EOS Pros and Cons – EOS Explained

What is EOS?

EOS is one of the newest cryptocurrencies currently in the initial coin offering (ICO) phase. The concept behind it is similar to that of Ethereum with the crypto-economic incentive of the currency being able to access a powerful and decentralized operating system. You can think of EOS as a blockchain operating system, Windows or MacOS for example, which enables developers to design and build powerful decentralized applications, or DApps, for its operating system.

EOS also aims to be a coin that can process millions of transactions simultaneously; making it vastly more efficient than either Ethereum or Bitcoin, which are limited by the way they verify blocks before adding them to the blockchain. It will also largely eliminate transaction fees by rewarding holders of the coin a certain number of fee-free transactions based on the amount of currency they hold.

How does EOS works?

The creation of blocks for the EOS blockchain is rewarded by providing access to a massive decentralized operating system that will allow developers to build industrial scale applications to run on it. The EOS infrastructure actually rewards based on ownership of the operating system’s resources depending on the amount that individual may hold. This promotes the maintaining of an ownership stake in EOS and provides the ability for DApp developers to scale up as needed.

Most cryptocurrencies create blocks by having miners solve extremely difficult math equations as ‘proof-of-work’ and once the answer is verified by the network as correct it rewards the miner with coins and a portion of the transaction fees. Because of the resource-intensive nature of solving the problems and the need for every node to validate the solution as correct, this method of validation is extremely inefficient.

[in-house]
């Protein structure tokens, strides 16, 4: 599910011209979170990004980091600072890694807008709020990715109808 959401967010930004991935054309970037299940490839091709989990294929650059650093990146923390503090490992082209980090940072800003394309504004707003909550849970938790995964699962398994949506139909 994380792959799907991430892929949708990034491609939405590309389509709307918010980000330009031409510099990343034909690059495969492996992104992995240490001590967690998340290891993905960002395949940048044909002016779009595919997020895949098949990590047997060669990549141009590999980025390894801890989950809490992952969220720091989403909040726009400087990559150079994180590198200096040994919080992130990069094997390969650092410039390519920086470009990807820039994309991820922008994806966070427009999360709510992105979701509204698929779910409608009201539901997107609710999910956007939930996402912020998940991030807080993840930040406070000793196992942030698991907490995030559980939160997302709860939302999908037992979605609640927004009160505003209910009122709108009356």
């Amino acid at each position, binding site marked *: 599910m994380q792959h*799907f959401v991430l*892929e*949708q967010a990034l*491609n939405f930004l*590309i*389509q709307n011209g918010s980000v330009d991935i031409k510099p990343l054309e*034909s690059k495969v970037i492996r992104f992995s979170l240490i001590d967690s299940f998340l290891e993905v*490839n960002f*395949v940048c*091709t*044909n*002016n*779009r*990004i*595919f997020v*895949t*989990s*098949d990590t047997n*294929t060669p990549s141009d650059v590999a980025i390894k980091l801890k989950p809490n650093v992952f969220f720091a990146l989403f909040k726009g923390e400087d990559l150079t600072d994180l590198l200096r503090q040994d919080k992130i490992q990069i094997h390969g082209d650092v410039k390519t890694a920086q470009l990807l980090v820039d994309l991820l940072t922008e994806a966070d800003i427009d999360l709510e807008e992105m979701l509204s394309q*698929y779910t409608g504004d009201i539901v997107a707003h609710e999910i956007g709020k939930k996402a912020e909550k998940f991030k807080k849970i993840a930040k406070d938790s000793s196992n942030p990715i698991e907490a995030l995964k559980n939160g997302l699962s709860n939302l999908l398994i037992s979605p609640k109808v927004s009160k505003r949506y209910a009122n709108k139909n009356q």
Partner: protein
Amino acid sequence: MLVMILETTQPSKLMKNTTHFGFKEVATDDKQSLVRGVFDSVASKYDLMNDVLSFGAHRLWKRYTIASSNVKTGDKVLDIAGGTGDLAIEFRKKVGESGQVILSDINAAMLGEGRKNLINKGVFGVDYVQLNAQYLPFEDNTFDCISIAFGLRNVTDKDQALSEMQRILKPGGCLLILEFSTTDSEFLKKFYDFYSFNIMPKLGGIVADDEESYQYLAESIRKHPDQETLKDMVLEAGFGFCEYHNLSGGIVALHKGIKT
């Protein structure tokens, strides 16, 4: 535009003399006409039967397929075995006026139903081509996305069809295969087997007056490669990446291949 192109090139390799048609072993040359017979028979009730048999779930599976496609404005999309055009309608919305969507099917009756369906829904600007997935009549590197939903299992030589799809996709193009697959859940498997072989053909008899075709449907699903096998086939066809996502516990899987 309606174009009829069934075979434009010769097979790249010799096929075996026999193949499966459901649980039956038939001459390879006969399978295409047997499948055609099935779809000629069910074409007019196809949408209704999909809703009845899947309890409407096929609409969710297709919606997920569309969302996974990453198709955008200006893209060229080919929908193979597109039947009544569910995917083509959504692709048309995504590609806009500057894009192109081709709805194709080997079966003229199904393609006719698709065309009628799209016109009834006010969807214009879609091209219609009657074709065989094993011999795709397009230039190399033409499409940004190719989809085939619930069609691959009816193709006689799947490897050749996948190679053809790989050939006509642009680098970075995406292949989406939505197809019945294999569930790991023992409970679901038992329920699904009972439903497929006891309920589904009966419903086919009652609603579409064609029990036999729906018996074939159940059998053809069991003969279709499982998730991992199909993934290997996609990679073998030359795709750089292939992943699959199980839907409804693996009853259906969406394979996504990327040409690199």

With EOS they have implemented a ‘proof-of-stake’ system where an individual holder acts to validate a block as part of the chain instead. Blocks have a much shorter and less resource intensive creation time, generally around 9 seconds. This allows for much faster processing times and increased scalability. In order to validate the work as correct, 15 of the 21 pre-selected individuals must verify the block presented as being correct and able to be added to the chain. These individuals place bets, or put up a stake, on the validity of the block so they have an incentive in ensuring the block is true and not corrupted.

Recent major developments

EOS is currently in its initial coin offering (ICO) with the third round of distribution set to begin at the end of January. It is expected to end its ICO in June or July of 2018 and begin formally trading in the secondary market exclusively at that time.

It also recently entered into the top 15 largest cryptocurrencies by market cap (source: CoinMarketCap).

How to buy EOS

EOS’s coin is mostly bought and sold on Binance. You can’t buy it with fiat currency yet (USD), so here is a quick guide on how to buy EOS starting with fiat:

1. Buy Bitcoin or Ethereum at an exchange that uses your fiat currency on Coinbase.
2. Transfer your BTC or ETH to an exchange that supports EOS. Currently, Binance is the best choice. (Tip: if you bought BTC/ETH on Coinbase, look into using GDAX to avoid transfer fees)
3. Buy EOS by trading your BTC/ETH for their coin, and you’re done!

Fun fact

EOS was created by the Cayman Island based company, Block.One. While you may think that EOS is an acronym with a defined meaning, it has actually never been formally declared with the company deferring to the community for its own interpretation.

Block.One founder, Brock Pierce, was a child actor who starred in the classic Disney movie Might Ducks, as well as Mighty Ducks 2.

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